Shanghai and a nearby coastal province were hunkering down Tuesday for the arrival of the third typhoon to hit China in less than a week. Shanghai, the country's financial hub, planned to evacuate 200,000 people and the adjoining province of Zhejiang had already evacuated 130,000 people, according to the official Xinhua News Agency. It said more than 30,000 ships had rushed to shelter in ports.

The China Meteorological Administration expects Typhoon Haikui to land between coastal cities Ningbo and Wenzhou by late Tuesday or early Wednesday. The National Meteorological Center issued an alert saying the typhoon will bring heavy rains and strong winds for 48 hours. Xinhua quoted the Zhejiang provincial observatory as saying the typhoon, which was located about 350 kilometers (220 miles) southeast of Taizhou city in the East China Sea on Tuesday morning, was packing winds as strong as 144 kph (89 mph).

The national meteorological center said Haikui was moving in a northwest direction at a speed of up to 15 kph (10 mph). China is still recovering from Typhoons Damrey and Saola, which hit over the weekend. Those storms brought heavy rains that killed 23 and left nine missing, Xinhua said Tuesday. Xinhua said the heavy rains that came with the typhoons triggered mudslides and flooding, affecting hundreds of thousands of people.

http://abcnews.go.com/International/wireStory/shanghai-east-china-braces-typhoon-haikui-16945073#.UCDWX_ZlREM

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Hearing from a friend in Ningbo that conditions are very bad just now. It's the middle of the night there now so it will be a few hours before the situation regarding any damage becomes clearer.

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Hopefully damage will be kept to a minimum, still a dangerous storm but one saving grace is it didn't get as strong as the JTWC originally predicted. Haikui's centre/eye is currently making landfall right now. The video from westernpacificweather.com that Coast posted describes the dangers perfectly. Shanghai is in the front right quadrant of the storm (this is where the highest winds and surge are located).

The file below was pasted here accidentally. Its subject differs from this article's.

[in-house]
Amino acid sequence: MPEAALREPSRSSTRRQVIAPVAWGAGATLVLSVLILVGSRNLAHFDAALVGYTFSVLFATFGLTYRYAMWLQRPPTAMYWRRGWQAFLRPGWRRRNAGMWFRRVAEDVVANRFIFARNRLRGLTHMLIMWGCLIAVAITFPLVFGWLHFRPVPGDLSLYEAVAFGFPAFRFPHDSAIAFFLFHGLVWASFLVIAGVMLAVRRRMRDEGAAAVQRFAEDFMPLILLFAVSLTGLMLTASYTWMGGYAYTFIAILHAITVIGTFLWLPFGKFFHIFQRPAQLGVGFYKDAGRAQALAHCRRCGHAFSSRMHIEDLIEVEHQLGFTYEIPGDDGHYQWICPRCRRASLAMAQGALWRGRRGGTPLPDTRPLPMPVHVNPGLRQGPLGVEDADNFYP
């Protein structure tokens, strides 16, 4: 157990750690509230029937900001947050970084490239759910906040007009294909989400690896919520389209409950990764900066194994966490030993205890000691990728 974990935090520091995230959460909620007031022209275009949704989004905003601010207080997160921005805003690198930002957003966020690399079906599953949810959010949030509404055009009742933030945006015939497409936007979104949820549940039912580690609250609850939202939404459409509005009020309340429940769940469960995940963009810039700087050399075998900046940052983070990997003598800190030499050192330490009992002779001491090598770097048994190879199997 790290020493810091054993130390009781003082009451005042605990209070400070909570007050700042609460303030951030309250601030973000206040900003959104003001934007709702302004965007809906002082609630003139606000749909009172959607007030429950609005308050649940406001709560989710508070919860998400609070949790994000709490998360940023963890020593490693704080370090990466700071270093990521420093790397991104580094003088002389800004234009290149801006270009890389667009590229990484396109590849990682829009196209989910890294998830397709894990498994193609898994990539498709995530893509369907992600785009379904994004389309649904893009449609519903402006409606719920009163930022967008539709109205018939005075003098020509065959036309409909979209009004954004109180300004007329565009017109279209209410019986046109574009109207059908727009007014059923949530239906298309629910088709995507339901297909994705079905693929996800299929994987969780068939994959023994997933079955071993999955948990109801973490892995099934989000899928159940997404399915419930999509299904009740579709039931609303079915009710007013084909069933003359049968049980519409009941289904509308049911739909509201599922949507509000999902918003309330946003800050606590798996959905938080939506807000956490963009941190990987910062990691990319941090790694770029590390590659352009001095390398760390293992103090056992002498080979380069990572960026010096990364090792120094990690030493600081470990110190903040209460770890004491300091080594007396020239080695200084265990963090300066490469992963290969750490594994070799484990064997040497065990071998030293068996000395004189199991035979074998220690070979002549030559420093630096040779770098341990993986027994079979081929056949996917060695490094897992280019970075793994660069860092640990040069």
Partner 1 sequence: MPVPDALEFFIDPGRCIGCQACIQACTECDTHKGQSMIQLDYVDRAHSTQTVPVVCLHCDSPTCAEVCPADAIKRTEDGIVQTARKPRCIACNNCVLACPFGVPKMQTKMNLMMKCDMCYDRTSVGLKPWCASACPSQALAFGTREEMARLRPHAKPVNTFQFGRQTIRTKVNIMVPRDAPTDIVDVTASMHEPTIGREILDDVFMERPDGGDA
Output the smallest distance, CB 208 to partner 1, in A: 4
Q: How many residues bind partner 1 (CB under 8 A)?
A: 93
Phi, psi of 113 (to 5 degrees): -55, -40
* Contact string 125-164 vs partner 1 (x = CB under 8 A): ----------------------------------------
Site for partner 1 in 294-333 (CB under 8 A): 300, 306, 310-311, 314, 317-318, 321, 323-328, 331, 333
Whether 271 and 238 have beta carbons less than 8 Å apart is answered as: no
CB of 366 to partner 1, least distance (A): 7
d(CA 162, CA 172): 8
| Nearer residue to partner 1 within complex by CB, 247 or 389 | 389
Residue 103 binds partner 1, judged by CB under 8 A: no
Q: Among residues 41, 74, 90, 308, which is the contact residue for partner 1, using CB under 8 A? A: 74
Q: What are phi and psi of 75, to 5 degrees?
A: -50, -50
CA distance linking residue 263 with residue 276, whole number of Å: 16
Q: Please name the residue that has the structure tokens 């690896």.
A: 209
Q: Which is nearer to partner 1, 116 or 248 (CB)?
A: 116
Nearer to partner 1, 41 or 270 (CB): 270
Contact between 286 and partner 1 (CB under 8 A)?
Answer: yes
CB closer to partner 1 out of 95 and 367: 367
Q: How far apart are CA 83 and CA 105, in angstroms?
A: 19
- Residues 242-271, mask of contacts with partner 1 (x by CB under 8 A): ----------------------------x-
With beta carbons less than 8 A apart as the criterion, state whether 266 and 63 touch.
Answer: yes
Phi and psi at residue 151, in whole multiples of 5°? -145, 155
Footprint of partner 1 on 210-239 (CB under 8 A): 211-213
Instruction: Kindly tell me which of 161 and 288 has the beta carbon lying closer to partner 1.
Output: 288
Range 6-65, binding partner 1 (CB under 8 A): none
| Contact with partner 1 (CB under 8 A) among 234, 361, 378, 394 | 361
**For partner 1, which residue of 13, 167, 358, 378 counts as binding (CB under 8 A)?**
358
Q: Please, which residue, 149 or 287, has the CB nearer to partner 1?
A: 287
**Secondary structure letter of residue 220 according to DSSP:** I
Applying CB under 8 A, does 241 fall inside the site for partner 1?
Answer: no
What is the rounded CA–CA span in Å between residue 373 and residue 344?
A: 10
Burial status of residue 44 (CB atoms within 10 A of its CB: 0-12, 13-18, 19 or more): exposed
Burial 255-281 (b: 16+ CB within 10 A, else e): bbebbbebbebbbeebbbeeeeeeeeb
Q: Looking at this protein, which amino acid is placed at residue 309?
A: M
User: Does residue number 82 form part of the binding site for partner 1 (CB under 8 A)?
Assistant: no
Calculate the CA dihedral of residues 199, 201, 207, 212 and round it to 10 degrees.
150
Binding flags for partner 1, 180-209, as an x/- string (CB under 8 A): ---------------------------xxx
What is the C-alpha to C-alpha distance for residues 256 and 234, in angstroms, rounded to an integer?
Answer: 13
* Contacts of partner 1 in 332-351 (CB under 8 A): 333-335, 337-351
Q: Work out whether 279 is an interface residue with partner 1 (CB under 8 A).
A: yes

post-1820-0-61038600-1344374473_thumb.jp

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The Chinese are taking this very seriously indeed!

Nearly 2 Million evacuated as Typhoon Haikui hits China

Aug 8 (Reuters) - Typhoon Haikui struck China on Wednesday, packing winds of up to 110 km per hour (68 mph), prompting officials to evacuate nearly 2 million people and grounding hundreds of flights to and from Shanghai and other cities.

More than 1.5 million people in the eastern province of Zhejiang and 252,000 residents of outlying parts of Shanghai were evacuated after Haikui landed early in the morning, causing flooding and stranding hundreds of people, the official Xinhua news agency reported. More than 500 domestic and international flights to and from Shanghai's two airports, Hongqiao and Pudong, have been cancelled as of 10:30 a.m. (0230 GMT), the Shanghai Airport Authority said on its microblogging account.

China's top three carriers - Air China , China Eastern Airlines and China Southern Airlines Co Ltd - have also cancelled all flights to and from Hangzhou and Ningbo, both south of Shanghai, until noon, they said. No ships had been allowed in or out of Shanghai's ports, the world's busiest by container volume, since Tuesday night, an official at the Shanghai Water Authority said. Another key port in Ningbo, in Zhejiang province, has also been shut.

Some trains to and from Shanghai, the country's commercial hub, have also been cancelled. The city's financial markets remained open, however. By late evening, the centre of the typhoon is expected to have moved northwest although wet and windy conditions are likely to persist, according to Tropical Risk Storm's website www.tropicalstormrisk.com/. Haikui forced nearly 270,000 people in the Philippines to flee their homes, prompting authorities to close schools, financial markets and offices.

http://in.reuters.co...E8J827X20120808